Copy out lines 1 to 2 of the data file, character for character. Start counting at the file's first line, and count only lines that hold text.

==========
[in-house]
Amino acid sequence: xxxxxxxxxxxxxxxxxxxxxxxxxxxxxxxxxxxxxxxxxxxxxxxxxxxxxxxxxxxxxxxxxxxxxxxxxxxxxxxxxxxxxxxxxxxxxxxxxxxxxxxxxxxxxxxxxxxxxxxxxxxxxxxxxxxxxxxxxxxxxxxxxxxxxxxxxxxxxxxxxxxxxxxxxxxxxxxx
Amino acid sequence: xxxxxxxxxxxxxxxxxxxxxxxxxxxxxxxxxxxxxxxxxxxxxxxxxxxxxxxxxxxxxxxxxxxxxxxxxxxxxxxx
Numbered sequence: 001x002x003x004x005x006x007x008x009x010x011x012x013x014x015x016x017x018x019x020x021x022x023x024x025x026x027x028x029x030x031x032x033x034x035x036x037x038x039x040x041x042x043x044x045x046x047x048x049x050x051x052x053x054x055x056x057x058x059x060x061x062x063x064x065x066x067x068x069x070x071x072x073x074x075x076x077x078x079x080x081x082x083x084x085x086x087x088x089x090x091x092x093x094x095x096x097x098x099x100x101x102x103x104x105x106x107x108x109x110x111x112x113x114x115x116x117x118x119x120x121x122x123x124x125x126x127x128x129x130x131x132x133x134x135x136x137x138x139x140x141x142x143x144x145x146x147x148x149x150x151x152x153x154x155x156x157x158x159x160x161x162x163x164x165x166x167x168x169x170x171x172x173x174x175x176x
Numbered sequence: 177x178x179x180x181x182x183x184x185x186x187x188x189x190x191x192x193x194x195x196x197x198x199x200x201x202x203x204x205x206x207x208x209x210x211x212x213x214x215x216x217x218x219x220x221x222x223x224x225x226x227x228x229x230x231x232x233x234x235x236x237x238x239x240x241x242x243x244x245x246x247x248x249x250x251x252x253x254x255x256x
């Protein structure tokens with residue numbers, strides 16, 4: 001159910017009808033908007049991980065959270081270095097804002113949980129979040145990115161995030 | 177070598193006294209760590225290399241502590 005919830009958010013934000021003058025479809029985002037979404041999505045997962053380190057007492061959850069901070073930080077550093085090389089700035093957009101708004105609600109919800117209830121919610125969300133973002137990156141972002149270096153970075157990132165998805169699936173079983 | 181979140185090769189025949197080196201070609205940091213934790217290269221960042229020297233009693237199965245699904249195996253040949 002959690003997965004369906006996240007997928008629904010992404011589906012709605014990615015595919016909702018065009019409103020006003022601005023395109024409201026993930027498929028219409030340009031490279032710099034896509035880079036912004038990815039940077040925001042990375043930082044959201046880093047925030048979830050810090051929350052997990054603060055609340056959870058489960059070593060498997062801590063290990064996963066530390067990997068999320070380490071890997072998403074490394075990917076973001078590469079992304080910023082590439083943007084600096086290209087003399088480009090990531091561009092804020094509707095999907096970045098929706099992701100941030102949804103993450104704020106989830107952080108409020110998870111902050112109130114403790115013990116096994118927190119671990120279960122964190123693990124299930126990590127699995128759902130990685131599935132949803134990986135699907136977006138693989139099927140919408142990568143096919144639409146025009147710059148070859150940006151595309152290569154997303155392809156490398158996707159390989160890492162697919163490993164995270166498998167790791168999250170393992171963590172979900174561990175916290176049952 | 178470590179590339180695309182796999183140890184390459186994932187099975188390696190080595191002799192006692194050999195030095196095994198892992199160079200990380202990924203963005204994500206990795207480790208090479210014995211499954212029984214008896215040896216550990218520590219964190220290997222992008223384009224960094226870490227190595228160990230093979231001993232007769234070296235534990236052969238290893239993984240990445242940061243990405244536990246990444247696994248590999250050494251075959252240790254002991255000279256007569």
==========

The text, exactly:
[in-house]
Amino acid sequence: xxxxxxxxxxxxxxxxxxxxxxxxxxxxxxxxxxxxxxxxxxxxxxxxxxxxxxxxxxxxxxxxxxxxxxxxxxxxxxxxxxxxxxxxxxxxxxxxxxxxxxxxxxxxxxxxxxxxxxxxxxxxxxxxxxxxxxxxxxxxxxxxxxxxxxxxxxxxxxxxxxxxxxxxxxxxxxxx